In any event, there are clear implications here that Empire of the Dead exists in the same world as Land of the Dead, as well. The carnival atmosphere, with "stinkers" trained to fight one another in gladiatorial combat for the entertainment of the masses, is retained here, right up to the zombies chained to carnival-type booths that can jump out and startle—but not actually harm—our heroes. The only thing about that is the fact that it kind of takes the aforementioned concept of our decaying society as its own character and turns it on its head. Suddenly, that decay has happened rapidly, in a 28 Days Later/The Walking Dead-style timeframe instead of over the decades of cultivated mayhem that led from 1968's Night to 2005's Land.

With the creation of this Jones family connection, Romero is for the first time making a very different kind of sequel. Humanity in his films has, largely, been little more than a prop. The main character, really, is society; we watch it struggle and ultimately crumble under the pressure of the undead's onslaught and the frailty, greed and hubris of mankind itself. The culture is the only character that has continued to develop for years in Romero's movies, and it's on a downward arc.

Maybe that's why he's given us a heroine to root for here; she's taken the traumatic experiences that her sister shared with her after Night of the Living Dead and made a life's work out of trying to rehabilitate zombies to some extent. She's a character who is immensely easy to root for, and who you'd like to see unambiguously survive (as opposed to most of Romero's protagonists, who simply wander off into the uncertain world at the end).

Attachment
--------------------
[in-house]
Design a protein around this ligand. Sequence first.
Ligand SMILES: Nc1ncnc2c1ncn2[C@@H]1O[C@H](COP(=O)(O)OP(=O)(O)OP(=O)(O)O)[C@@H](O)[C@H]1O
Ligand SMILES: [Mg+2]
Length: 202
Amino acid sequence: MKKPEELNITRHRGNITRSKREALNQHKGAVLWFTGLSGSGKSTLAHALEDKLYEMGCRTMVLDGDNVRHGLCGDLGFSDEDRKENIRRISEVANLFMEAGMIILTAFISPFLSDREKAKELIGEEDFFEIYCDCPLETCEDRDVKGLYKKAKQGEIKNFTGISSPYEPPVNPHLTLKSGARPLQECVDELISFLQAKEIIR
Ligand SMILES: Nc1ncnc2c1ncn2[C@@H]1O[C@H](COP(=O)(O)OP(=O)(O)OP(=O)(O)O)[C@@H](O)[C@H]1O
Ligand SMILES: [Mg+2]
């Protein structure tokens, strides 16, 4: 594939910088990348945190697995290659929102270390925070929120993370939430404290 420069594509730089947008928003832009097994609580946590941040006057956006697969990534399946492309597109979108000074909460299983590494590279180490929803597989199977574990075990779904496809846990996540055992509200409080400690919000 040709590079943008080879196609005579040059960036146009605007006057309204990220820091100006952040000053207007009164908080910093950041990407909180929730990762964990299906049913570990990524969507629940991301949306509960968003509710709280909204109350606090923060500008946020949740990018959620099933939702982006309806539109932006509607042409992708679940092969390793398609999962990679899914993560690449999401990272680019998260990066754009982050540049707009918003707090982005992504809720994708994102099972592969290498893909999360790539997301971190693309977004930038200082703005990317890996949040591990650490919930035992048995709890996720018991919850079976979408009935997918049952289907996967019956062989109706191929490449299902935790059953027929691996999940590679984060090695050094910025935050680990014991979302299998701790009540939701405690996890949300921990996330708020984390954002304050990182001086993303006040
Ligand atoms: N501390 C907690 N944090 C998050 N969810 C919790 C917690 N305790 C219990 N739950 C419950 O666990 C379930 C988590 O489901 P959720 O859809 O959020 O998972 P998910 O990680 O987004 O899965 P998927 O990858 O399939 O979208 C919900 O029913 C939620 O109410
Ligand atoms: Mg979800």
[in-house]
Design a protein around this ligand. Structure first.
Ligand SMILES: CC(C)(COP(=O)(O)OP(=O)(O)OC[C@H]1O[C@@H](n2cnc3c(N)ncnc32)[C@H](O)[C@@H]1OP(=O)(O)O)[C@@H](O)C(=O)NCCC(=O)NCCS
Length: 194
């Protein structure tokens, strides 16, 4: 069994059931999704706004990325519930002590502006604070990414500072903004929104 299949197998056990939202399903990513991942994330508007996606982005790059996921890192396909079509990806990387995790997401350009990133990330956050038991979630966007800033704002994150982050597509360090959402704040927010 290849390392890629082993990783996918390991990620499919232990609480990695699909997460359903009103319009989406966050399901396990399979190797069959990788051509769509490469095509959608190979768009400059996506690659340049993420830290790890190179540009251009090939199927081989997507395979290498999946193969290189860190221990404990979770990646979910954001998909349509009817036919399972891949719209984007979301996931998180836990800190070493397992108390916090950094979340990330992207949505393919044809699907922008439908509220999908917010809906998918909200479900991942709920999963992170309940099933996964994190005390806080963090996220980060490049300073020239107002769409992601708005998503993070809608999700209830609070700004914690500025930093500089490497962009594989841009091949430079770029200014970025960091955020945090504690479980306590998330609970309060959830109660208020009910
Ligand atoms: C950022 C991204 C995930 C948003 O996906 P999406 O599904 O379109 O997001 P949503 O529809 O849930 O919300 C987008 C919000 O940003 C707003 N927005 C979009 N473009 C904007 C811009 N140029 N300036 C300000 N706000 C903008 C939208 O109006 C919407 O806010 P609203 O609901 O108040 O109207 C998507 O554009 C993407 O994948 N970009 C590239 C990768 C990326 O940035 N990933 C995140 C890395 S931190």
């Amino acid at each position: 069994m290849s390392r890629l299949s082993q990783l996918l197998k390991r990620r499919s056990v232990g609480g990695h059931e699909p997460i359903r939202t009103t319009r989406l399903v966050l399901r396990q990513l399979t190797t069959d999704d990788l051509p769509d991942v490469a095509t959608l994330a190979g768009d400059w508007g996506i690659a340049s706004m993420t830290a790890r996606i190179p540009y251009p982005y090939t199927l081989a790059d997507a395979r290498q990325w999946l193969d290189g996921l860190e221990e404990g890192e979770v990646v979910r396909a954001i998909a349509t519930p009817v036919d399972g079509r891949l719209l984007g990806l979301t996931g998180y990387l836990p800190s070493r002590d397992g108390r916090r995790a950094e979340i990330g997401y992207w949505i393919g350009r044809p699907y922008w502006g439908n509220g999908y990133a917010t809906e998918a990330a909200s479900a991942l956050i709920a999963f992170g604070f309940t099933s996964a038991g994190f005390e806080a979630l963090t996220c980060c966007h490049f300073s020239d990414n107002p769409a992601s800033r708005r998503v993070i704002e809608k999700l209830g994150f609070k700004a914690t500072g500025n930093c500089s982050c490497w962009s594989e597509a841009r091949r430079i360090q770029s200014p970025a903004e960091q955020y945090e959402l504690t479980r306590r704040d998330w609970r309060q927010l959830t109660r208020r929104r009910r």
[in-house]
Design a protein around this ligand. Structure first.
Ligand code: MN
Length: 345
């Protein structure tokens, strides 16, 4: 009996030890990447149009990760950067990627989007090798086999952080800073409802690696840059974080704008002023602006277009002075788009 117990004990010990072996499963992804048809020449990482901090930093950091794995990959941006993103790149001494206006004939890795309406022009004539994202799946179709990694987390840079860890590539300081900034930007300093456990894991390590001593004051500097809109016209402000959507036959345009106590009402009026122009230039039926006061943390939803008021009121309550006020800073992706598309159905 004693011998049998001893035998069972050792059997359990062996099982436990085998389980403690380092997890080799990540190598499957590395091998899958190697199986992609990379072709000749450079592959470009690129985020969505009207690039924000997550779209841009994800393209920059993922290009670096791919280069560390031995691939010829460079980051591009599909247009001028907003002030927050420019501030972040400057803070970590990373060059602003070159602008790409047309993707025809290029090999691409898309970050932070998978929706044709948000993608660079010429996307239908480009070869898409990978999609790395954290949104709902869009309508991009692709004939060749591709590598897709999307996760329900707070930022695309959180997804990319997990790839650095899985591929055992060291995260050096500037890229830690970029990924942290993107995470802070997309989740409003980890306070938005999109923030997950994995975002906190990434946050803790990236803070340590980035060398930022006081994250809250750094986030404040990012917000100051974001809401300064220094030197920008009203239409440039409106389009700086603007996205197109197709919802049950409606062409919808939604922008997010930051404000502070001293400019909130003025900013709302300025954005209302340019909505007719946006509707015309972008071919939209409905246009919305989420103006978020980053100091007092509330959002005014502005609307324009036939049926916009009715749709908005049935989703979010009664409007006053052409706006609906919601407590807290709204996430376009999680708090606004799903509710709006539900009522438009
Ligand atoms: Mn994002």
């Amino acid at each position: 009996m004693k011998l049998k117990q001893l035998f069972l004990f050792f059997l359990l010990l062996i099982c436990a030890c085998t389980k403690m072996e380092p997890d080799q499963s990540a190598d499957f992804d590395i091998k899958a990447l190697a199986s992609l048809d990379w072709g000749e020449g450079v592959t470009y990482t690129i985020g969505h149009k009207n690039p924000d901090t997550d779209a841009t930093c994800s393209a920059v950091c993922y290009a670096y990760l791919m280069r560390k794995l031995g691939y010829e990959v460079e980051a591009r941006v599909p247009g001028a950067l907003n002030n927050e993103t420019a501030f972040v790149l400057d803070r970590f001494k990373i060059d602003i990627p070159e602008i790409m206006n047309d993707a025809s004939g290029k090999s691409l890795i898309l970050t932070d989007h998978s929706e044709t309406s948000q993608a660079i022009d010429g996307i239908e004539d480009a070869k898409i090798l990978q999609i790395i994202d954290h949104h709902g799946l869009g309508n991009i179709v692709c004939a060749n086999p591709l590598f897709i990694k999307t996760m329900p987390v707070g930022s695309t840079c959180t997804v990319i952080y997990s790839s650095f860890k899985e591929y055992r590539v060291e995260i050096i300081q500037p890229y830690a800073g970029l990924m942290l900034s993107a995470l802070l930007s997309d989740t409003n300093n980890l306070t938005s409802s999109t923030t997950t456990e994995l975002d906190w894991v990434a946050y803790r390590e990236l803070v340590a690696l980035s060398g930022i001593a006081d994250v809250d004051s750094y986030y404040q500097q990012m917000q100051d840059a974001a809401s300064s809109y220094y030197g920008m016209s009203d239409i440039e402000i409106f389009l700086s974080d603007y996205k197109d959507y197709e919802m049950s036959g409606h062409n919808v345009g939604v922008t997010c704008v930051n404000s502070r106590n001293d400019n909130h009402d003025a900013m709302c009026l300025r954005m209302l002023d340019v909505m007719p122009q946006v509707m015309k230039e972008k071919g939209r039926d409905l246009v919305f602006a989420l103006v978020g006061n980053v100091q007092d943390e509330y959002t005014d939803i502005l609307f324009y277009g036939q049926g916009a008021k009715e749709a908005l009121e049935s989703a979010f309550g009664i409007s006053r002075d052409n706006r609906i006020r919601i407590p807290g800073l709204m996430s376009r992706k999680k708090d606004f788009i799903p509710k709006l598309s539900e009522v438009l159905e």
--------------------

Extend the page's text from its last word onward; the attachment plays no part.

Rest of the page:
Penny Jones, then, gives the readers a chance to invest in a character rather than a situation, which is a transformation of the entire worldview of Romero's franchise somewhat.

Of course, the scenario that Penny puts forth in the comic is not actually how things played out onscreen in the original film. The 1968 movie has Johnny, as a zombie, return later and drag Barbara out of the safety of the farm house, where she is devoured by the undead outside.

Here, we learn that in fact he dragged her clear of the other zombies, apparently ready to devour her by himself in a nearby barn, but hesitated—she assumed because some animal part of his brain could recognize her—and that hesitation was long enough to save her life when local vigilantes and the sheriff stumbled upon the tableau in progress and killed Zombie Johnny. this set in the same world as the films? An alternate future where this version of Night of the Living Dead happened rather than the original version? Something else entirely? It seems that Romero, who has "evolved" the walking dead as much as he has the world around them in more recent installments, is now retroactively writing some level of consciousness and motivation into even the most primitive of his own undead ghouls.


What Romero has done here, then, is to reinvent the world of his signature series completely, tying everything together while simultaneously tearing elements of it down and using what works best to tell the story he's feeling right this minute.

Hey, what better place to do that than in comics?